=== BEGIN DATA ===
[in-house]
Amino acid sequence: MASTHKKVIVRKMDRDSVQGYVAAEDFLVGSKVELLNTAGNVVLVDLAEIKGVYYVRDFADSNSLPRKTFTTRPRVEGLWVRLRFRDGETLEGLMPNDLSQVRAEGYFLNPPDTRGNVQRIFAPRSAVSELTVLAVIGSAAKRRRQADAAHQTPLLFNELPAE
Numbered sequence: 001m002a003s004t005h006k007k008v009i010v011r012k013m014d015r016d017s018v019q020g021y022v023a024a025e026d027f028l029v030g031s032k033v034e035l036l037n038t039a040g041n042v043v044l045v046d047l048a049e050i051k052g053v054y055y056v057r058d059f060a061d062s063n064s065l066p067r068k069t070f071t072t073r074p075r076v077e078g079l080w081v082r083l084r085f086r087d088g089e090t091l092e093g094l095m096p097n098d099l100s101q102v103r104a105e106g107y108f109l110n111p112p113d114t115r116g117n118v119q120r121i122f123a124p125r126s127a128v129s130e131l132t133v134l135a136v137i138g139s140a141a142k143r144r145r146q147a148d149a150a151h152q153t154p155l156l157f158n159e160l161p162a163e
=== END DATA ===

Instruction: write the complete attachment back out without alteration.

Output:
[in-house]
Amino acid sequence: MASTHKKVIVRKMDRDSVQGYVAAEDFLVGSKVELLNTAGNVVLVDLAEIKGVYYVRDFADSNSLPRKTFTTRPRVEGLWVRLRFRDGETLEGLMPNDLSQVRAEGYFLNPPDTRGNVQRIFAPRSAVSELTVLAVIGSAAKRRRQADAAHQTPLLFNELPAE
Numbered sequence: 001m002a003s004t005h006k007k008v009i010v011r012k013m014d015r016d017s018v019q020g021y022v023a024a025e026d027f028l029v030g031s032k033v034e035l036l037n038t039a040g041n042v043v044l045v046d047l048a049e050i051k052g053v054y055y056v057r058d059f060a061d062s063n064s065l066p067r068k069t070f071t072t073r074p075r076v077e078g079l080w081v082r083l084r085f086r087d088g089e090t091l092e093g094l095m096p097n098d099l100s101q102v103r104a105e106g107y108f109l110n111p112p113d114t115r116g117n118v119q120r121i122f123a124p125r126s127a128v129s130e131l132t133v134l135a136v137i138g139s140a141a142k143r144r145r146q147a148d149a150a151h152q153t154p155l156l157f158n159e160l161p162a163e